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The influence of a school-based intervention programme regarding adherence to a healthy diet in children and adolescents from disadvantaged areas in Greece: the DIATROFI study
  1. Christina Maria Kastorini1,
  2. Anastasia Lykou1,
  3. Mary Yannakoulia2,
  4. Athanassios Petralias1,3,
  5. Elena Riza4,
  6. Athena Linos1,4
  7. on behalf of the DIATROFI Program Research Team
  1. 1Institute of Preventive Medicine, Environmental & Occupational Health, Prolepsis, Maroussi, Greece
  2. 2Department of Nutrition and Dietetics, Harokopio University, Athens, Greece
  3. 3Department of Statistics, Athens University of Economics and Business, Athens, Greece
  4. 4Department of Hygiene, Epidemiology and Medical Statistics, Medical School, National and Kapodistrian University of Athens, Athens, Greece
  1. Correspondence to Professor Athena Linos, Institute of Preventive Medicine, Environmental & Occupational Health, Prolepsis, 7 Fragoklisias str, Maroussi 15125, Greece; a.linos{at}prolepsis.gr

Abstract

Background To evaluate the effects, via a cohort study, of a food aid and promotion of healthy nutrition programme, implemented in areas of low socioeconomic status (SES) in Greece, on students’ diet quality.

Methods From a total of 162 schools participating in the programme during the 2012–2013 school year, we collected 3941 individually linked questionnaires at baseline and at the end of the intervention, recording sociodemographic characteristics, lifestyle parameters and dietary habits of the students. For the assessment of diet quality, the KIDMED score was computed, along with food frequency consumption data regarding milk, fruits, vegetables and whole grain products. Pre–post intervention values were compared using non-parametric tests. Generalised estimating equations were used to explore the factors that influence changes in dietary habits.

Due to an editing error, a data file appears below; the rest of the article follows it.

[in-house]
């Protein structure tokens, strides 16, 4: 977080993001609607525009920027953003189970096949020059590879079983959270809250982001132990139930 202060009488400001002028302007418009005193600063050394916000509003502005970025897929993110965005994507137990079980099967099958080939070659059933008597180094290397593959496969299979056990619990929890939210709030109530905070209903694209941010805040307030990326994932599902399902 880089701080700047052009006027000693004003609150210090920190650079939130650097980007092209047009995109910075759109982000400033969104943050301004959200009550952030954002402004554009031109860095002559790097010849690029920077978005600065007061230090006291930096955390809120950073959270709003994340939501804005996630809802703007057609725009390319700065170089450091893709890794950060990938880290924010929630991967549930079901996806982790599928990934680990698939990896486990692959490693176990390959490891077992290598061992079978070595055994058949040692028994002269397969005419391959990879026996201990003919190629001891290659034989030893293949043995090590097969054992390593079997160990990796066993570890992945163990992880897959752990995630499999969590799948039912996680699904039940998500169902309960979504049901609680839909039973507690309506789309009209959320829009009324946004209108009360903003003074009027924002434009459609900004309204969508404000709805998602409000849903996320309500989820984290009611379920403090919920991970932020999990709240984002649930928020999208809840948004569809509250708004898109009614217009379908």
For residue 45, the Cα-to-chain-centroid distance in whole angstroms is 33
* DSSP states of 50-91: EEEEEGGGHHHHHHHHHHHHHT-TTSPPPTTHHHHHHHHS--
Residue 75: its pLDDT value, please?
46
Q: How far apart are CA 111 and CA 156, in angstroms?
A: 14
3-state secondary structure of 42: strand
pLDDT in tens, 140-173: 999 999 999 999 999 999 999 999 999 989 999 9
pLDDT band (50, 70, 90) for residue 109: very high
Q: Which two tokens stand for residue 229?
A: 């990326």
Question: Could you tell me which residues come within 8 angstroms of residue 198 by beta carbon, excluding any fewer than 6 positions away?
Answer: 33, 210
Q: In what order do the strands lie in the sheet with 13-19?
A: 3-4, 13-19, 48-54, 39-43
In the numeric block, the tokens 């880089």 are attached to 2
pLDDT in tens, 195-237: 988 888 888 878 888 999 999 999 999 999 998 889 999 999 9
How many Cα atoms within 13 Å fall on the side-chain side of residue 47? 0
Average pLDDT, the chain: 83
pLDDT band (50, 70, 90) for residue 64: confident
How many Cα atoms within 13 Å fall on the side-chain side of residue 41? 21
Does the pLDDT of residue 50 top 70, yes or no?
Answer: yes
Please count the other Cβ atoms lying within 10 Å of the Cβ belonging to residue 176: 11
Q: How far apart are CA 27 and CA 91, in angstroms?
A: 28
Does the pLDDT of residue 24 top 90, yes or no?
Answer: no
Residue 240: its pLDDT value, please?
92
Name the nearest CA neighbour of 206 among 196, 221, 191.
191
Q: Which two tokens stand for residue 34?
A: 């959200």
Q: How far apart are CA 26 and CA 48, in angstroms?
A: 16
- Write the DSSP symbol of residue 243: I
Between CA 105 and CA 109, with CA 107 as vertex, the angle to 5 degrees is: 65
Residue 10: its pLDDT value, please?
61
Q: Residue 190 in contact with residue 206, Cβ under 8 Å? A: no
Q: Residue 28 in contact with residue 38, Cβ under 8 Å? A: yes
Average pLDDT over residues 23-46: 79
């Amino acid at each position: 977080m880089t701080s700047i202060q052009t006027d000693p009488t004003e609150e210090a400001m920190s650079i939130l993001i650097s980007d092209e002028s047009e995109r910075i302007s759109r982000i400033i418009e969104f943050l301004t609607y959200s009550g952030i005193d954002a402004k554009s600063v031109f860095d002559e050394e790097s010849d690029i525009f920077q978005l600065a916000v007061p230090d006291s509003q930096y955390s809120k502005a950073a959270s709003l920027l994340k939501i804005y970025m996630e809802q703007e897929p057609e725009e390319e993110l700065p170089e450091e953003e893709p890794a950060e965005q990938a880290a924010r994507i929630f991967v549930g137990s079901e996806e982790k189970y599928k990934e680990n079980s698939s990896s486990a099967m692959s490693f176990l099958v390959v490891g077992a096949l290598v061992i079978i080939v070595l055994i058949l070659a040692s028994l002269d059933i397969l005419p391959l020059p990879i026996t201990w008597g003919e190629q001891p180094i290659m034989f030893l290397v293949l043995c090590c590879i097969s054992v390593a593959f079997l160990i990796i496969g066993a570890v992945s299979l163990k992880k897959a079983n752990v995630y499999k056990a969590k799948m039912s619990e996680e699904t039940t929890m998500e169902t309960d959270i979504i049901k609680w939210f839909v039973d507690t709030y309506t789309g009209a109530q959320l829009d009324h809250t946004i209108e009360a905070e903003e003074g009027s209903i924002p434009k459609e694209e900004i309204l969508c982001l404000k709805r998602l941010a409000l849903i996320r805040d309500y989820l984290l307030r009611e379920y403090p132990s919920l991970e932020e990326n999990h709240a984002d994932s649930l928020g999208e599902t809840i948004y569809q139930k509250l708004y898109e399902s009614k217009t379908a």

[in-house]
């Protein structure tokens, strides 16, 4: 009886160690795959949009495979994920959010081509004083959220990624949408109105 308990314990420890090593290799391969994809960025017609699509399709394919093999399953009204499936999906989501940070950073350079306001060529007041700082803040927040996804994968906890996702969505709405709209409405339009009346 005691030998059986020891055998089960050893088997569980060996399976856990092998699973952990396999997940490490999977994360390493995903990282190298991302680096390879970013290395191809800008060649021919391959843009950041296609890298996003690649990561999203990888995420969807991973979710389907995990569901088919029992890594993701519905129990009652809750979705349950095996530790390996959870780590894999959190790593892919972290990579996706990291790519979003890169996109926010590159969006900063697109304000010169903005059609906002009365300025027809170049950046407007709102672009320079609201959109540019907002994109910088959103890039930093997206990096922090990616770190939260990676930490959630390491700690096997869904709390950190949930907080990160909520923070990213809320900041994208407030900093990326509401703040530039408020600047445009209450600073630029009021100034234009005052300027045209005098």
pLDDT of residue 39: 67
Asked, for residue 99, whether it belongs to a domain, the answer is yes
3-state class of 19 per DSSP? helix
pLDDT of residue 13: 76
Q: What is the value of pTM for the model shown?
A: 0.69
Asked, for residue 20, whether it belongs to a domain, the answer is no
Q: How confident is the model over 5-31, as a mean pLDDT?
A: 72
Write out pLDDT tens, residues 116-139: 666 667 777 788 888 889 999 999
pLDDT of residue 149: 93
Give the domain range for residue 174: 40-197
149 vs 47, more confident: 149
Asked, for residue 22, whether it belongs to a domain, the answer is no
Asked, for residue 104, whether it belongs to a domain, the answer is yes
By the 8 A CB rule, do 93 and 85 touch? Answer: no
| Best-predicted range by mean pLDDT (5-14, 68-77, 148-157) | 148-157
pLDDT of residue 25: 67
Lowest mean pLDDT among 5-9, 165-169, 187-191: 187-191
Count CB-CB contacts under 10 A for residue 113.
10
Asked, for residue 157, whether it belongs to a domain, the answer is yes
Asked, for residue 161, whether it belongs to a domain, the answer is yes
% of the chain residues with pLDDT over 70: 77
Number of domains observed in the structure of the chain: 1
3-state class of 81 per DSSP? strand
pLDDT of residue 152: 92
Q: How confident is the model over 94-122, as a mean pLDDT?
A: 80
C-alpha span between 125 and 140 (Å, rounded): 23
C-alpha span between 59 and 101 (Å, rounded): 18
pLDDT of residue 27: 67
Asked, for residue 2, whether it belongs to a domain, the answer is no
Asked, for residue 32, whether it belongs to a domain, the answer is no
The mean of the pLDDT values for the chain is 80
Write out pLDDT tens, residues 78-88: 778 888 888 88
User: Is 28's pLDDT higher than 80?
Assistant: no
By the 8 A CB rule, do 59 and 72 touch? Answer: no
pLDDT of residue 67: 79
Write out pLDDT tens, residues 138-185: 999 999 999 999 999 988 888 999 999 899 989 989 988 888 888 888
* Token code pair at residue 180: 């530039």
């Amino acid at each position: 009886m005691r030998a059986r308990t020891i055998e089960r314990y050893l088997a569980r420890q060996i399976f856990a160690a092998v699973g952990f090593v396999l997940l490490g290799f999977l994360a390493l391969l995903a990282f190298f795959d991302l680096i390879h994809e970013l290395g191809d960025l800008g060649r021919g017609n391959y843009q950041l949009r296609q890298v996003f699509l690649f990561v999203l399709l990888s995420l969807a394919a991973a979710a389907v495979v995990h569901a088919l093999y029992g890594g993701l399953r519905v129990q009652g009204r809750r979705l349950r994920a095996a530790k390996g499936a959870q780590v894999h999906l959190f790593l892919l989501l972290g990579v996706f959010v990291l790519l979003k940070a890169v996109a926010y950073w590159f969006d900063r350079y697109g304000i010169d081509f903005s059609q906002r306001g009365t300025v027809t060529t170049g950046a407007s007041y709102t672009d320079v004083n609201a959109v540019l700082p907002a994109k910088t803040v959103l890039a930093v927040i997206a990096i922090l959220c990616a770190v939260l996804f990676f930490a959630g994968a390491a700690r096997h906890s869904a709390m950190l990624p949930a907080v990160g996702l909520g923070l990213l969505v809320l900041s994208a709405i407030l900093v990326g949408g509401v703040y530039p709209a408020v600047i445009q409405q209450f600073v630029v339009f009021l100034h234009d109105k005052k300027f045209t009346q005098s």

Results By the end of the intervention, favourable changes were observed regarding healthy eating; KIDMED increased statistically significantly in adolescent girls (p=0.042), while the consumption frequency of all foods promoted by the intervention, namely, milk, fruits, vegetables and whole grain products, increased for children and adolescents, boys and girls (p≤0.002). Factors indicating lower SES, such as foreign country of birth, lower education level, no income source and high levels of food insecurity, were associated with lower diet quality.

Conclusions As low SES groups tend to adopt unhealthier dietary choices, it is of the outmost importance to take action for the promotion of healthy eating, directed especially to these at risk populations. School-based nutritional programmes can be considered as an effective policy measure towards this direction.

  • CHILD HEALTH
  • HEALTH PROMOTION
  • POVERTY
  • NUTRITION
  • OBESITY

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